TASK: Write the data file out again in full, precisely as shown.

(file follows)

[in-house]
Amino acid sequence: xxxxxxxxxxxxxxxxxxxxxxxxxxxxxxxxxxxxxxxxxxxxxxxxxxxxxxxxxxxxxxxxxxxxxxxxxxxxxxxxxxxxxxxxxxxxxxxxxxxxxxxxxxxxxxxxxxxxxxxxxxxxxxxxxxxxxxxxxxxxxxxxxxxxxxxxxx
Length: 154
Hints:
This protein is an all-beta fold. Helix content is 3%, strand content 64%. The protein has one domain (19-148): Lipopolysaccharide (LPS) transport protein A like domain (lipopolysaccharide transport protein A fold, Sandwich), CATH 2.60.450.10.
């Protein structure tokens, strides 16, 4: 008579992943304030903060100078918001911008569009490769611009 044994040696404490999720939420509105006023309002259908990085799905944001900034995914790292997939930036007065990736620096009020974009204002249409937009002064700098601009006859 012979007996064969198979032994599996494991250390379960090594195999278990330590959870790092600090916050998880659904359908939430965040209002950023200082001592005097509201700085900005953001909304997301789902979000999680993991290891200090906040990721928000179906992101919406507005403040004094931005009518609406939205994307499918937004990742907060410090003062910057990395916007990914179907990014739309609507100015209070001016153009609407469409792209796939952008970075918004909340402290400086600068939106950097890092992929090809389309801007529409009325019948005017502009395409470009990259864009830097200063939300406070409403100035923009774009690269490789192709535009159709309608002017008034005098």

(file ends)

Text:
[in-house]
Amino acid sequence: xxxxxxxxxxxxxxxxxxxxxxxxxxxxxxxxxxxxxxxxxxxxxxxxxxxxxxxxxxxxxxxxxxxxxxxxxxxxxxxxxxxxxxxxxxxxxxxxxxxxxxxxxxxxxxxxxxxxxxxxxxxxxxxxxxxxxxxxxxxxxxxxxxxxxxxxxx
Length: 154
Hints:
This protein is an all-beta fold. Helix content is 3%, strand content 64%. The protein has one domain (19-148): Lipopolysaccharide (LPS) transport protein A like domain (lipopolysaccharide transport protein A fold, Sandwich), CATH 2.60.450.10.
């Protein structure tokens, strides 16, 4: 008579992943304030903060100078918001911008569009490769611009 044994040696404490999720939420509105006023309002259908990085799905944001900034995914790292997939930036007065990736620096009020974009204002249409937009002064700098601009006859 012979007996064969198979032994599996494991250390379960090594195999278990330590959870790092600090916050998880659904359908939430965040209002950023200082001592005097509201700085900005953001909304997301789902979000999680993991290891200090906040990721928000179906992101919406507005403040004094931005009518609406939205994307499918937004990742907060410090003062910057990395916007990914179907990014739309609507100015209070001016153009609407469409792209796939952008970075918004909340402290400086600068939106950097890092992929090809389309801007529409009325019948005017502009395409470009990259864009830097200063939300406070409403100035923009774009690269490789192709535009159709309608002017008034005098």